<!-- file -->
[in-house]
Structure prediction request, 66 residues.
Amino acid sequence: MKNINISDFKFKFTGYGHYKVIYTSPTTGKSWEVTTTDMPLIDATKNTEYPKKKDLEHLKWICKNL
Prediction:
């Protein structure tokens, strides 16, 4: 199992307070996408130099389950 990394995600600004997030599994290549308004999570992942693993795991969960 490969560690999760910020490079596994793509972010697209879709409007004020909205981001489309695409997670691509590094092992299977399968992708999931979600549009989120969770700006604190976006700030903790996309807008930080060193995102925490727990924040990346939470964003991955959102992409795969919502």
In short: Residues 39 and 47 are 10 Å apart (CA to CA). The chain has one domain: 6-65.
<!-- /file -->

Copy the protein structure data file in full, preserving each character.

[in-house]
Structure prediction request, 66 residues.
Amino acid sequence: MKNINISDFKFKFTGYGHYKVIYTSPTTGKSWEVTTTDMPLIDATKNTEYPKKKDLEHLKWICKNL
Prediction:
């Protein structure tokens, strides 16, 4: 199992307070996408130099389950 990394995600600004997030599994290549308004999570992942693993795991969960 490969560690999760910020490079596994793509972010697209879709409007004020909205981001489309695409997670691509590094092992299977399968992708999931979600549009989120969770700006604190976006700030903790996309807008930080060193995102925490727990924040990346939470964003991955959102992409795969919502």
In short: Residues 39 and 47 are 10 Å apart (CA to CA). The chain has one domain: 6-65.